Thank you for sharing such a great idea. We live with such stereotype threat everyday. Not just gender rather within males or females there are numerous example where certain ideals are exemplified for others. In such situations, I have noticed that how people live with low profile by having a false belief that they can never be as good as others. As a result we have less original thinker and more followers. 

  • Claire

     Can’t believe any article would reference stereotype threat without crediting Claude Steele.  Despicable.

  • Awarnld

    Sticks and stones will hurt my bones, but words will never hurt me.  I doubt very much that the above test is measuring anything but likely chance differences.  How many people were in each group?  How big were the differences?  How was the data taken and analysed?  How many times was the trial repeated?  I seriously doubt that a few words spoken to a group before taking a test could have significant impact on the overall pervormance of the group.  And how about the distribution of the scores?  Mucho left unsaid in this report 

  • Julianpenrod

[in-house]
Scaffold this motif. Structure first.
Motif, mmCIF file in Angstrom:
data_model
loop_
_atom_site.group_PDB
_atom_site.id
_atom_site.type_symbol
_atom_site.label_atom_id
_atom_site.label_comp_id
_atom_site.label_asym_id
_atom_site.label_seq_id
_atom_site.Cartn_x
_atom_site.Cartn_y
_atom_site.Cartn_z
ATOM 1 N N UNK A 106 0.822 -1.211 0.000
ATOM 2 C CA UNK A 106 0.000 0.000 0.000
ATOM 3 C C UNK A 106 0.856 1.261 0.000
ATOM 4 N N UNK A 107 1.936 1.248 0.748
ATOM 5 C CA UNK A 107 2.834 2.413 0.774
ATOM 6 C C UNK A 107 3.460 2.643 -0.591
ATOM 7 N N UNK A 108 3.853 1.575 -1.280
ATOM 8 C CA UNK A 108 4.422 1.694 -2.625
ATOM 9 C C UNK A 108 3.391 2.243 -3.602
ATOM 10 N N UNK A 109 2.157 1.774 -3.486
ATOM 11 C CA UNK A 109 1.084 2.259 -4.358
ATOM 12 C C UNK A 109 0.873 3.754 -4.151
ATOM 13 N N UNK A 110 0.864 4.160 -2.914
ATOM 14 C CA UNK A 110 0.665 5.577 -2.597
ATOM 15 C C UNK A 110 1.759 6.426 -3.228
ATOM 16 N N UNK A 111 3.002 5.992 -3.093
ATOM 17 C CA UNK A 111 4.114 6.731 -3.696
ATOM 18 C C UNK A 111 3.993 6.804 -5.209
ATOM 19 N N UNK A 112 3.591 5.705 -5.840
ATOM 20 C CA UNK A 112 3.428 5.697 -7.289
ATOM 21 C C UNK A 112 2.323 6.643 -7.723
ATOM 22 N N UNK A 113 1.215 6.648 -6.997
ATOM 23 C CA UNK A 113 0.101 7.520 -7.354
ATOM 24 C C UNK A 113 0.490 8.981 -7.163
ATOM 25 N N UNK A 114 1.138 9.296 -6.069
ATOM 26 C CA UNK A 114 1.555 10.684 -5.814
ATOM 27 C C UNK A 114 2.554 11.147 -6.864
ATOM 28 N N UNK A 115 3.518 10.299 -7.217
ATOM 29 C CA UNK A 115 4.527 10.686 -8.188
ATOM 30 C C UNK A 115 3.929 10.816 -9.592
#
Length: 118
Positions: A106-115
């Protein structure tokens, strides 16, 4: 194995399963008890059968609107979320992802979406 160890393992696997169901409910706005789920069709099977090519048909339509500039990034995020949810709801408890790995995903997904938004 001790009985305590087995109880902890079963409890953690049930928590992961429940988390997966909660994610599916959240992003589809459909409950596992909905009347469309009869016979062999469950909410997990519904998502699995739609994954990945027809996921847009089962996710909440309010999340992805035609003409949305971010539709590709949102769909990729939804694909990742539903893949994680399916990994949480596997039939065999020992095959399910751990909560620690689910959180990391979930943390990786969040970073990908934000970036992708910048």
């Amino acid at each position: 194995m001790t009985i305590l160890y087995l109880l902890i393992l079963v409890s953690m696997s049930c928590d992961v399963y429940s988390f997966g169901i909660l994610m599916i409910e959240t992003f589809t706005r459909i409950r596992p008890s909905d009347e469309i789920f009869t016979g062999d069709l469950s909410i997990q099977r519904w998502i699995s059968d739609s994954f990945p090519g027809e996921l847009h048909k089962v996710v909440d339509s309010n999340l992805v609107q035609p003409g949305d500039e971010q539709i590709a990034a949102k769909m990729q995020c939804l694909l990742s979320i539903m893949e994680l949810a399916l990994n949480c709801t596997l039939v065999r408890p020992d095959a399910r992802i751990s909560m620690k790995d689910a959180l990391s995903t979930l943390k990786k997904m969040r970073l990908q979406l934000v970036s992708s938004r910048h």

To begin with, that doesn’t seem to affect the many groups across the planet that conlcuded they were better than everyone else and continued to prove it. The English, for example, never made a secret of thinking they were the paragon of the world, and went on to create apparently the first global empire. One wonders, then, what effect shows like “Roseanne”, “Designing Women” and “Cybill”, that depicted men as nothing more than sperm packages, necessary only for procreation, did to inhibit women! Assuming the results are correct and not fabricated to get the “researchers” some quick publicity before they quietly pull back and let “science” rewrite itself with assertions “contrary to previous beliefs”, it should be pointed out that the “experiment” forgets one point. It’s an expeiment. The specific conditions of experimental surroundings can be very different from the real world. In the real world, people are involved in many things, so even if they are told the supposed performance of a group, when it comes to them, they’re often thinking about something else entirely. And if this effect is real, what ethics does a “researcher” have subjecting test subjects to something that purportedly can damage them irretrievably?